By Dr. Cathy Davis
Many people believe that a suntan creates beauty and a healthy glow. Basking in the sun may produce a golden tan today but sunbathers will pay the price tomorrow. A tan is actually the body’s way of protecting itself from harmful rays. Sunburn is damage to the skin caused by the sun’s UV rays. Tanned skin attained in either the sun or in a tanning booth is actually the main cause of early wrinkling and aging. It also increases the risk of skin cancer. Sun exposure in general causes most of the skin changes considered to be normal parts of aging.
What are the dangers from the sun’s harmful rays?
The sun contains both ultraviolet A and ultraviolet B (UVA and UVB) rays which are an invisible form of radiation. They damage the skin causing early wrinkles, skin cancer, eye damage and other skin conditions. Being in the sun for too long, too often can cause skin cancer even without burning. If burning and peeling occurs, the danger worsens. Remember, the sun is a radiant and radiation can cause cancer.
The cumulative effects of sun exposure increase the risk of early wrinkling, age spots and skin cancer – including melanoma, the most serious form of skin cancer. A golden tan may be desired by many but that tan color is actually the result of an injury to the epidermis, the top layer of the skin. Exposure to the sun’s UV rays accelerates the effects of aging and the risk of developing skin cancer. The sun, tanning booths and sunlamps may all take a toll on the skin.
The sun’s rays cause skin to look old and wrinkled long before its time. More than 80 percent of early skin aging in adults is caused by tans and burns that occurred before the age of 18. Over time, the sun’s UV rays damage the fibers in the skin called elastin. When these fibers breakdown, the skin begins to sag, stretch and lose its elasticity. Skin has memory and remembers the damage that has been done but the effects don’t appear for more than 20 years later. This makes it difficult for many to realize the damage occurring because the negative effects do not appear right away. It is these structural changes that occur over time that increases the risk for early wrinkling and other skin problems.
Parts of the body repeatedly exposed to the sun are particularly susceptible to sun damage. They include the neck, face, ears, hands, forearms and shoulders, back, chests on men and front and backs of the legs on women.
What are the skin changes sun exposure may cause?
Spending too much time in the sun may cause:
- Uneven pigmentation/discolored areas of the skin
- Pre-cancerous (actinic keratosis) and cancerous (basal cell carcinoma, squamous cell carcinoma and melanoma) skin lesions
- Benign tumors like solar lentigines or liver spots
- Telangiectasias – the dilation of blood vessels under the skin
- Sun spots – particularly on the upper chest on women
- Labial lentigo – discoloration/freckles on the lips
- Solar elastosis – loss of elasticity that causes lines and wrinkles
- Melasma – mask of pregnancy
What are the risk factors for skin damage?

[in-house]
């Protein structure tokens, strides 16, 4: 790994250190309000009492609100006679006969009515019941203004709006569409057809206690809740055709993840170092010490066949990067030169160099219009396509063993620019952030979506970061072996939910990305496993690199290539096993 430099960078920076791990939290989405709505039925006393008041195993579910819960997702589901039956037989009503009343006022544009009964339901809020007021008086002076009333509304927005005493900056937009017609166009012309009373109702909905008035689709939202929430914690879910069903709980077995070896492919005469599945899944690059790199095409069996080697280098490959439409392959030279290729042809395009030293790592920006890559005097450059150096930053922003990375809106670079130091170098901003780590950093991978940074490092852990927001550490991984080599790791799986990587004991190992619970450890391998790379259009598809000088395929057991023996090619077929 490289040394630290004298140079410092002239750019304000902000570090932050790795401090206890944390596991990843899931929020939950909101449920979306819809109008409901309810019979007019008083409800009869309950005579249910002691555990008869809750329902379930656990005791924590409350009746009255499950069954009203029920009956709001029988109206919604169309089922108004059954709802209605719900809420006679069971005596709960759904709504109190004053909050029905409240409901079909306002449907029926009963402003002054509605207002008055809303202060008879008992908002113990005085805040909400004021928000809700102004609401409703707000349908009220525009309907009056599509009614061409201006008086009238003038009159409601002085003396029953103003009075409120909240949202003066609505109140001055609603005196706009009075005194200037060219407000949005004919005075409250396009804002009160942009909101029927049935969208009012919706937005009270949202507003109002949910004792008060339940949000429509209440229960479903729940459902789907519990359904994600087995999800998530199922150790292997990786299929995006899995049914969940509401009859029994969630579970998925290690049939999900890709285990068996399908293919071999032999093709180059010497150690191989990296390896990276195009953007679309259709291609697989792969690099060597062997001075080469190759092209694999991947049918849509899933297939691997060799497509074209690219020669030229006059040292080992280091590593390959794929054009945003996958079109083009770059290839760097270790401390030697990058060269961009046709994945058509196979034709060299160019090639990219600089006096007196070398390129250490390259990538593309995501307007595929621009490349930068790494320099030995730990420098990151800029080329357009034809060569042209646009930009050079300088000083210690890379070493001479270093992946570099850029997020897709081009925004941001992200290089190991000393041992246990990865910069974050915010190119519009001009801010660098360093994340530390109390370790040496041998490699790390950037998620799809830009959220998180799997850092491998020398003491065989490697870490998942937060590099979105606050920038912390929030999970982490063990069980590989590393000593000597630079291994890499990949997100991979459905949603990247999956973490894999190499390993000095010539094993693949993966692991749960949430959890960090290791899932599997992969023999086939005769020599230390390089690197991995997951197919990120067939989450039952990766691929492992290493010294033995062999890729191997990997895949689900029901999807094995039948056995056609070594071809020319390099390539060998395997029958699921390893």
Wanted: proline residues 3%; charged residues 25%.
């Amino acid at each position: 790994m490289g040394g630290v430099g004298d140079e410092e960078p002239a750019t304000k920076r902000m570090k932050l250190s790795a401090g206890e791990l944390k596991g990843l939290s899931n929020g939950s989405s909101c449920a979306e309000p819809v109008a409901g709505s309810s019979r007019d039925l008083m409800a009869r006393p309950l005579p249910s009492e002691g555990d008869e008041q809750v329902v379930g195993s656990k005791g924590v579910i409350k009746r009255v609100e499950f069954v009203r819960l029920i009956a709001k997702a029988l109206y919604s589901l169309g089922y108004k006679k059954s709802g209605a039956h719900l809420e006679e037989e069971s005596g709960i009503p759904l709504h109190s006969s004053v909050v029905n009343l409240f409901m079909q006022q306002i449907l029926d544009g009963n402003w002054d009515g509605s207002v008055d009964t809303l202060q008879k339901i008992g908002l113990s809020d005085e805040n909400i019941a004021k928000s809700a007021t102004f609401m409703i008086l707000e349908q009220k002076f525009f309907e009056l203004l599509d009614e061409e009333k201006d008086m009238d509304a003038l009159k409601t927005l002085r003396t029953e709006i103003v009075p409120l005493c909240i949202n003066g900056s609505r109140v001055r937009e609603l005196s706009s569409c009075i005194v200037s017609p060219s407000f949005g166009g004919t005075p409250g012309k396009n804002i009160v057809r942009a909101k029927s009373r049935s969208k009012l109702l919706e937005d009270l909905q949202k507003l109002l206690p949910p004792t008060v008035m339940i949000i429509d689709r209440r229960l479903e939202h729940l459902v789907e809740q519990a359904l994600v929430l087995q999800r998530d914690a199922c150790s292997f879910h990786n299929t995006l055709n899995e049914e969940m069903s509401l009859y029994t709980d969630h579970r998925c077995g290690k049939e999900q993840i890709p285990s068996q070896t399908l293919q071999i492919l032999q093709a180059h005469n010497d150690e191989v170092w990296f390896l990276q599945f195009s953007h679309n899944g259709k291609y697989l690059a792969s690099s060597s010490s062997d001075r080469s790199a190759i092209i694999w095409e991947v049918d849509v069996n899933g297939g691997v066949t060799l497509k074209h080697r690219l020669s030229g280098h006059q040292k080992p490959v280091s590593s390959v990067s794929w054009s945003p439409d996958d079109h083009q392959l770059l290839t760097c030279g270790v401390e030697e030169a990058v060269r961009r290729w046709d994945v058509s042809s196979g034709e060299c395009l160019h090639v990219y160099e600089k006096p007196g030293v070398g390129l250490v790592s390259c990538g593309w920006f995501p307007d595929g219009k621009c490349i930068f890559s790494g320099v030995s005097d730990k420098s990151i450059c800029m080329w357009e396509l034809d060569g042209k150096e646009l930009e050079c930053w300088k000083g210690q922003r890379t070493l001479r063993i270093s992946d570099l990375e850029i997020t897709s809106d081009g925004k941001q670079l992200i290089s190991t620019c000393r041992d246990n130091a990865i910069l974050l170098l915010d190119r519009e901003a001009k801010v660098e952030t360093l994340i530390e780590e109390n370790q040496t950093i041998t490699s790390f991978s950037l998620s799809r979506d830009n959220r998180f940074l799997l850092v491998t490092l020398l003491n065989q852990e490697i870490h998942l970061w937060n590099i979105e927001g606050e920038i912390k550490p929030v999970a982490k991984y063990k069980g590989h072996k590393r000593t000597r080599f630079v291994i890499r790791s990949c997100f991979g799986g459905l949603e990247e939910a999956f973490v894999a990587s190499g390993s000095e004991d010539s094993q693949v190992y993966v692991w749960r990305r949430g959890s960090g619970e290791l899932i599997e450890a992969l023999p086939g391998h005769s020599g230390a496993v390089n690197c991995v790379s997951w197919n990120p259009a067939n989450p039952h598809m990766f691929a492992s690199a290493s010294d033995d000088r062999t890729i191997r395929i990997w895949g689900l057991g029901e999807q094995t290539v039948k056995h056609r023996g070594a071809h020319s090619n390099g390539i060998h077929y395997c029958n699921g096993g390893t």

Although anyone is susceptible to skin damage, there are several factors that increase the risk for skin cancer and other forms of sun damage. They include:
- Fair-skin or complexion
- Light, blond or red hair
- Light blue or green eyes
- Many moles or freckles
- Working outside
- Much sun exposure as a child
- History of sunburn
- Personal or family history of skin cancer
- Tanning in a tanning bed or using a sunlamp
- Taking certain medications like acne medicine
- Exposing certain foods that are more light sensitive to the skin including limes, papaya and celery
Are tanning booths safe?
Fake tanning indoors is not without risk. The harmful UV rays that tanning beds exert may be more harmful than the sun. Tanning in general damages the skin causing premature wrinkles. And, any UV light increases the risk for skin cancer. The biggest risk of skin cancer comes from burning which occurs frequently in tanning beds.
What is the best way to prevent sun damage and protect the skin?
The best way to prevent skin damage and protect the skin is to stay indoors. But for most, that is unrealistic. To protect the skin from sun exposure, wear sunscreen with SPF30 or more. A good rule of thumb is to use one bottle of sunscreen every two to three days for a family of four. Check the expiration date on the sunscreen bottle and dispose of sunscreen that is expired. Some ingredients in sunscreen break down over time and this makes the sunscreen ineffective. Apply sunscreen 30 minutes before sun exposure and reapply hourly if swimming or perspiring. Remember that clouds do not protect the skin from dangerous rays. Up to 80 percent of the sun’s UVA rays go through the clouds and may reflect off of water, sand and snow.
Cover up and wear protective clothing and a big, floppy hat that shades the face, ears, neck and scalp. Clothing containing UVA/UVB sunscreen is also effective at preventing sun exposure. Wear sunglasses that wrap and block at least 99 percent of UVA sunlight. Avoid the sun between 11 a.m. and 3 p.m., when the sun’s rays are their strongest. Avoid tanning booths and sunlamps. The sun’s UVA rays also penetrate through glass so it is important to protect the arms and hands while driving. They can be easily exposed to harmful rays that may be damaging to the skin.
Is there a way to save skin from sun damage?
Nothing can completely undo sun damage that is done. Treatment for precancerous and cancerous skin lesions may be treated with creams, surgery or laser treatment. Sun-burned skin has to heal like any type of damage to the body. Anything that cools the skin will make it feel better.
To put it simply, the best way to prevent skin damage, premature wrinkles, skin cancer and other skin conditions caused by the sun today is to stay out of it. If that is not possible, apply sunscreen and wear protective clothing and sunglasses. Healthy, youthful skin will prevail tomorrow.